Paul Meloan – Vested Interest

The Futile Quest For Certainty

As human beings we crave certainty. We seek it out, and when we think we find it we are reluctant to let go of it. Right now as we begin to emerge from the Covid-19 pandemic we hear clients looking for a more certain future for them and their families.

Unfortunately we can’t provide it. No one can. What we can do is keep them focused on the things they can control and help them make the best decisions they can. One of the unspoken downsides of certainty is that finding it and holding on to it often comes at a significant price, one we think isn’t worth paying.

Sitting Down at the Table

Consider this classic example from a poker hand. One of the things I love about poker is that it boils down complex ideas into simple, actionable steps. You think, you decide, you act.

Suppose I am in a hand against one opponent and I believe that my hand is the best right now, but the other player is on a draw that could beat me if it hits. My job is to bet enough into the pot so that my opponent will not be getting the right price (the “pot odds”) to make a call worthwhile.

If my opponent is drawing to a flush, of the 44 remaining unknown cards 9 of them beat me but 35 do not. The pot is $100. If I bet $100, my opponent is only getting 2-1 on a call ($200 in the pot now against his $100 to call) but the odds are roughly 4-1 against him hitting his draw. Were this situation to be repeated infinitely my opponent would go broke and I would have all his money.

Most poker players know this intellectually, but suffer from what we call a leak. A leak is a defect or deficiency in your poker skills (intellectual or psychological) that cause you to play sub-optimally. A leak is where you set money on fire.

The leak some players suffer from is the psychological need to see the final card. They have a need for certainty.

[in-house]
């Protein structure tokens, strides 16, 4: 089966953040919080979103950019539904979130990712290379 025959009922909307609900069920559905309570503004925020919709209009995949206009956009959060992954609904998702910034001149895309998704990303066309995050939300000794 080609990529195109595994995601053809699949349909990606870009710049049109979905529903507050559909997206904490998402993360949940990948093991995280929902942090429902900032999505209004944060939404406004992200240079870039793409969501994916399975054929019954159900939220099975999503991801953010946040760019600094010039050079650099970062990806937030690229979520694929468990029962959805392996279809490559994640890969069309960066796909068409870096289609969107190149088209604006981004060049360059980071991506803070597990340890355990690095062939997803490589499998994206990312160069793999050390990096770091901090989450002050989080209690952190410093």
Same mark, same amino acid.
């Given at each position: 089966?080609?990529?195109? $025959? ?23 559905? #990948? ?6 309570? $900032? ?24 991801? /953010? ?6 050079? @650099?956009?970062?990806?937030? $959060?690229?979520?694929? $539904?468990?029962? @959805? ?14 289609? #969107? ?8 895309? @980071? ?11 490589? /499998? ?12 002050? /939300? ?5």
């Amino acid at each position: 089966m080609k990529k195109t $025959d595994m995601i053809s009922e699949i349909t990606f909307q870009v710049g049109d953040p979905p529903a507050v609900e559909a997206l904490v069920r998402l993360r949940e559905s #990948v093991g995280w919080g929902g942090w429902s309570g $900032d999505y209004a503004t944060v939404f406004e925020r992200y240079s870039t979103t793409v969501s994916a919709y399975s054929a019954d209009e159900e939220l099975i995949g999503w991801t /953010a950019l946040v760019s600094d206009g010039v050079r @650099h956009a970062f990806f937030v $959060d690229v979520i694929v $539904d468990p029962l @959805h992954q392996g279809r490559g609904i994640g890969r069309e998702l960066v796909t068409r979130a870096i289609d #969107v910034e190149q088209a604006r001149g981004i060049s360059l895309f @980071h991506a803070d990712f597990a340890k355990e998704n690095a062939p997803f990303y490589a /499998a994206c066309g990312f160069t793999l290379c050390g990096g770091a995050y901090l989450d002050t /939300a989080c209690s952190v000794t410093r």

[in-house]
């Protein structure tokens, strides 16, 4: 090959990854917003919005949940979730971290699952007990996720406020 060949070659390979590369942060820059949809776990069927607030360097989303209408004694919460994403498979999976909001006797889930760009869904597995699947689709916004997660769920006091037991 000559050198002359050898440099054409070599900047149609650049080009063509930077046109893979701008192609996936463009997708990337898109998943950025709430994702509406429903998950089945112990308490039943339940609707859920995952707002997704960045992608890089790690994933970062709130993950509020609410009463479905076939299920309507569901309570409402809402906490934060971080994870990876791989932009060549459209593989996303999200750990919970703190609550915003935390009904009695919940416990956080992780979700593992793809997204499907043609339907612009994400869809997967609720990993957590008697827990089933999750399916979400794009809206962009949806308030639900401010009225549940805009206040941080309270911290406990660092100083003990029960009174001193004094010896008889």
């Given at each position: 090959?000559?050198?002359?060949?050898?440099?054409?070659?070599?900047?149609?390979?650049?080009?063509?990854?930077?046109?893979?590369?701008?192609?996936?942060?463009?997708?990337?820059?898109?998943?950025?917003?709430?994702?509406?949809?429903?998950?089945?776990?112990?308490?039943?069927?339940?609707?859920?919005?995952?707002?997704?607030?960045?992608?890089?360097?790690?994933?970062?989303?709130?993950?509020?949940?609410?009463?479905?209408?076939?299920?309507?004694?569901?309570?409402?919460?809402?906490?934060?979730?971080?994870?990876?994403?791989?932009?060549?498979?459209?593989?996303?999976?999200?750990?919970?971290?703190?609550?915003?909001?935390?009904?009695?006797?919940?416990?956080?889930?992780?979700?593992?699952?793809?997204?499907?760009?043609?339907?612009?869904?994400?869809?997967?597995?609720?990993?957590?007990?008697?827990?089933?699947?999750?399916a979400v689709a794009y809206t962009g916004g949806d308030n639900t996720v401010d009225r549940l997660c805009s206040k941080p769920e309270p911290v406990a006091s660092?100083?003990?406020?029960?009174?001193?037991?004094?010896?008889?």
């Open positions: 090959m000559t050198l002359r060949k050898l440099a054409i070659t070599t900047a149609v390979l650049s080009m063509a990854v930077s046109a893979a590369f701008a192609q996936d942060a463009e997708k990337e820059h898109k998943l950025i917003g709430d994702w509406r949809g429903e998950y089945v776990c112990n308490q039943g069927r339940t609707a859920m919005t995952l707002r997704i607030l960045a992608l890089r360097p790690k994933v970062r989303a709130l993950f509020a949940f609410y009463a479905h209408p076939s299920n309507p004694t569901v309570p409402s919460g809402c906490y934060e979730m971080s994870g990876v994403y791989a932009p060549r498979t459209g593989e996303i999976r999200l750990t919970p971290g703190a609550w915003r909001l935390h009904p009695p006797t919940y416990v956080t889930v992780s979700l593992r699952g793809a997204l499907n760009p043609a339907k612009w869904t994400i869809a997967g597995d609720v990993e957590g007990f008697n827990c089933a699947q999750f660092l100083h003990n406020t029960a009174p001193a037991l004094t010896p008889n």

They need to know if they would have made their draw if they called, even though they know the right decision is to fold. They desperately want to see how the story ends. Instead of being happy with many possible futures where they have more money, they need to know the actual future where four times out of five they end up losers.

Back to Covid-19

I’ve just received my second vaccine shot, which puts me in the same company as 87 million other adults. This number will swell until the planet is effectively immune from this particular virus. Everyone in my circle desperately wants to know what our post-Covid future looks like.

I would rather be able to eat in a restaurant, travel on an airplane, or go to a ballgame or a concert without wearing a mask or worrying that the person standing next to me is going to give me a potentially deadly disease. Shocking, I know.

I don’t think these things are in question at the moment. What we have instead are much more global issues to consider for the post-Covid world.

Where and how are we going to live?

How will we conduct business?

Will work ever return to our pre-Covid assumptions?

Will Covid be the catalyst that finally changes our beliefs about things like government, health care and the environment?

My position is that we need to be OK with not knowing this, because all of these are unknowable until they actually happen. Of course, as a society we are the ones who make these things happen through our daily decision making. We are not passengers on this bus, we are all driving it.

The need for certainty, however, always comes at a cost. The poker player’s need to see the final card and whether he made his draw will inevitably drain his funds to nothing. The unwillingness to take productive risks like investing for the future, building personal skills, improving mental and physical health because we just don’t know what the future will be like is most assuredly just as bad an idea.

All of the above are life leaks. Poker leaks generally only cost money, life leaks extract a far higher cost. Our biggest challenge as advisors is keeping our clients doing the things that they *know they should do* even when it’s hard.

They know they should rebalance their portfolios when money either arrives or departs.

They know they should take advantage of opportunities to defer taxes.

They know they should keep enough cash to meet their foreseeable spending needs, regardless of whether the market is booming or tanking.

They know they should not stockpile more cash than that, regardless of whether the market is booming or tanking.

All of the above will keep your finances and life on track even in an uncertain post-Covid world. We don’t need to know the future in order to prosper in it.

Paul Meloan is the co-founder and co-managing member of Aegis Wealth Management, LLC, in Bethesda, Maryland USA. Before Aegis Paul was a practicing attorney as well as working in the tax practice of Ernst & Young, LLP.

Next Post